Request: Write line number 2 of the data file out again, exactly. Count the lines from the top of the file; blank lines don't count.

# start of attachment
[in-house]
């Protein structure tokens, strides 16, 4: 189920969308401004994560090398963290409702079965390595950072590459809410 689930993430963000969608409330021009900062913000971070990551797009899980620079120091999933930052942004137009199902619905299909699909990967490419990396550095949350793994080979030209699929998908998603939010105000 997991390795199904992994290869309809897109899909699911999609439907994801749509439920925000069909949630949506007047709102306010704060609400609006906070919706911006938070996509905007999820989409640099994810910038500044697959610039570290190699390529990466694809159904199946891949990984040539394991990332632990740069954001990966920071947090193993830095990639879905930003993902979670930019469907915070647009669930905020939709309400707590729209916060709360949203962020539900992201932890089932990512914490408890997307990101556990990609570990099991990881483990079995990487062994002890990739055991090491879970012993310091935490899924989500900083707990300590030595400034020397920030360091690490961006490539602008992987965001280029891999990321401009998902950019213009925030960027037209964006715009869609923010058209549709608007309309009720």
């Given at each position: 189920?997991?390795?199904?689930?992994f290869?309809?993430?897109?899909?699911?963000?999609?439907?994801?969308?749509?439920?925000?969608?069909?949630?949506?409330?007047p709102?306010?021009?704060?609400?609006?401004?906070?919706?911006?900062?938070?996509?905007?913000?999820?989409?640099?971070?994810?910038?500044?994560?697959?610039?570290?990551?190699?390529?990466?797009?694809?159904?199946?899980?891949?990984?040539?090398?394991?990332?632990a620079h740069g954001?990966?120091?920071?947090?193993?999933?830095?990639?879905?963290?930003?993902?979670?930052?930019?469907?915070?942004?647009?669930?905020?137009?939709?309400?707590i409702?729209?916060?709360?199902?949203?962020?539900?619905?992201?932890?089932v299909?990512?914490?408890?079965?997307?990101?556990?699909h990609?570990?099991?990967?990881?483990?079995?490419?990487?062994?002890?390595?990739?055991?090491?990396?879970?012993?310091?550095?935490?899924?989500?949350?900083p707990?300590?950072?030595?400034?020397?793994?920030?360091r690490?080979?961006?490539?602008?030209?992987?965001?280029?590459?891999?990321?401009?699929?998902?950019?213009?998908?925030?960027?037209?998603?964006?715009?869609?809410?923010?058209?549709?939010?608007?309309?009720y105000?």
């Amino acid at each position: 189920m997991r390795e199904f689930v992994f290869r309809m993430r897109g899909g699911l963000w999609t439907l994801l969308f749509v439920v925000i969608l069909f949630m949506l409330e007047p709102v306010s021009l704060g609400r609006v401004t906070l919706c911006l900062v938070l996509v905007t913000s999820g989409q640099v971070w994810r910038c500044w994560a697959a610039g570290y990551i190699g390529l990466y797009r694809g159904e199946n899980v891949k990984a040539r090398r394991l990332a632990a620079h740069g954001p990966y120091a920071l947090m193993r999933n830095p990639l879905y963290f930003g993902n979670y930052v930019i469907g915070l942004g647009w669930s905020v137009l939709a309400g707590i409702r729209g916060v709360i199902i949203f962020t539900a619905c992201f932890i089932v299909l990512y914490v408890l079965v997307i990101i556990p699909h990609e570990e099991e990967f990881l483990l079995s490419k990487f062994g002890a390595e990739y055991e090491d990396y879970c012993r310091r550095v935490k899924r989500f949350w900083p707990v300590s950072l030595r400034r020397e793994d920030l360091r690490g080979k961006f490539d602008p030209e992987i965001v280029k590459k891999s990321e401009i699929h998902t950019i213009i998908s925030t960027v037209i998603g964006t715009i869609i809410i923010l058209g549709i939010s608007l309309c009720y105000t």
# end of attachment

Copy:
């Protein structure tokens, strides 16, 4: 189920969308401004994560090398963290409702079965390595950072590459809410 689930993430963000969608409330021009900062913000971070990551797009899980620079120091999933930052942004137009199902619905299909699909990967490419990396550095949350793994080979030209699929998908998603939010105000 997991390795199904992994290869309809897109899909699911999609439907994801749509439920925000069909949630949506007047709102306010704060609400609006906070919706911006938070996509905007999820989409640099994810910038500044697959610039570290190699390529990466694809159904199946891949990984040539394991990332632990740069954001990966920071947090193993830095990639879905930003993902979670930019469907915070647009669930905020939709309400707590729209916060709360949203962020539900992201932890089932990512914490408890997307990101556990990609570990099991990881483990079995990487062994002890990739055991090491879970012993310091935490899924989500900083707990300590030595400034020397920030360091690490961006490539602008992987965001280029891999990321401009998902950019213009925030960027037209964006715009869609923010058209549709608007309309009720």